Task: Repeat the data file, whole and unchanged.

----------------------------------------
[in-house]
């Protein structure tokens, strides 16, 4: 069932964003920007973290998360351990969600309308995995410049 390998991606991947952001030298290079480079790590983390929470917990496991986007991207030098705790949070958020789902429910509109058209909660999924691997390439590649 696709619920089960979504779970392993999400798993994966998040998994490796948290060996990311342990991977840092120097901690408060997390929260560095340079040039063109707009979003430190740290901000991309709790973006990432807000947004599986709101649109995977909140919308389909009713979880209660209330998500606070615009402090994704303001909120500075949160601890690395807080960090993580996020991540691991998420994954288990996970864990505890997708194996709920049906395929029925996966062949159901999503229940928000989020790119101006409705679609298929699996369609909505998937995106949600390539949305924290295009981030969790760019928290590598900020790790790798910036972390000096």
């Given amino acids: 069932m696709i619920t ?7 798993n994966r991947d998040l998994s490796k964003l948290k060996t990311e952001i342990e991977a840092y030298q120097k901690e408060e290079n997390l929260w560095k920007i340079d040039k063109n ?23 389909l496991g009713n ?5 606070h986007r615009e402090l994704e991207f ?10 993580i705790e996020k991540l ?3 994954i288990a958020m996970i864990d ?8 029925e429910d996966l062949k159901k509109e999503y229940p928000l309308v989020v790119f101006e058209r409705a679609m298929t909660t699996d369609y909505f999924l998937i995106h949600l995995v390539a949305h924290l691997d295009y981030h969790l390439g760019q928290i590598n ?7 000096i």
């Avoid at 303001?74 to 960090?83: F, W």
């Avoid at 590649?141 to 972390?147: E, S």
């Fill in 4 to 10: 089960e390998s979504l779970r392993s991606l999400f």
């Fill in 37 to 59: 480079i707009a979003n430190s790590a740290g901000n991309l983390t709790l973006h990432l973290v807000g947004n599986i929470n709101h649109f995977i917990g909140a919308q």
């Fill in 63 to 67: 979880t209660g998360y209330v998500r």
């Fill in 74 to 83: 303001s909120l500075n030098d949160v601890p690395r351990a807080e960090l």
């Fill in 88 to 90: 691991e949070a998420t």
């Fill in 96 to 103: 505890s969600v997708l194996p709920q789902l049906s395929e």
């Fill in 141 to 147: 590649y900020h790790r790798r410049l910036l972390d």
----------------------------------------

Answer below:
[in-house]
């Protein structure tokens, strides 16, 4: 069932964003920007973290998360351990969600309308995995410049 390998991606991947952001030298290079480079790590983390929470917990496991986007991207030098705790949070958020789902429910509109058209909660999924691997390439590649 696709619920089960979504779970392993999400798993994966998040998994490796948290060996990311342990991977840092120097901690408060997390929260560095340079040039063109707009979003430190740290901000991309709790973006990432807000947004599986709101649109995977909140919308389909009713979880209660209330998500606070615009402090994704303001909120500075949160601890690395807080960090993580996020991540691991998420994954288990996970864990505890997708194996709920049906395929029925996966062949159901999503229940928000989020790119101006409705679609298929699996369609909505998937995106949600390539949305924290295009981030969790760019928290590598900020790790790798910036972390000096």
């Given amino acids: 069932m696709i619920t ?7 798993n994966r991947d998040l998994s490796k964003l948290k060996t990311e952001i342990e991977a840092y030298q120097k901690e408060e290079n997390l929260w560095k920007i340079d040039k063109n ?23 389909l496991g009713n ?5 606070h986007r615009e402090l994704e991207f ?10 993580i705790e996020k991540l ?3 994954i288990a958020m996970i864990d ?8 029925e429910d996966l062949k159901k509109e999503y229940p928000l309308v989020v790119f101006e058209r409705a679609m298929t909660t699996d369609y909505f999924l998937i995106h949600l995995v390539a949305h924290l691997d295009y981030h969790l390439g760019q928290i590598n ?7 000096i």
């Avoid at 303001?74 to 960090?83: F, W």
């Avoid at 590649?141 to 972390?147: E, S």
């Fill in 4 to 10: 089960e390998s979504l779970r392993s991606l999400f």
């Fill in 37 to 59: 480079i707009a979003n430190s790590a740290g901000n991309l983390t709790l973006h990432l973290v807000g947004n599986i929470n709101h649109f995977i917990g909140a919308q």
């Fill in 63 to 67: 979880t209660g998360y209330v998500r």
């Fill in 74 to 83: 303001s909120l500075n030098d949160v601890p690395r351990a807080e960090l």
């Fill in 88 to 90: 691991e949070a998420t």
């Fill in 96 to 103: 505890s969600v997708l194996p709920q789902l049906s395929e």
């Fill in 141 to 147: 590649y900020h790790r790798r410049l910036l972390d």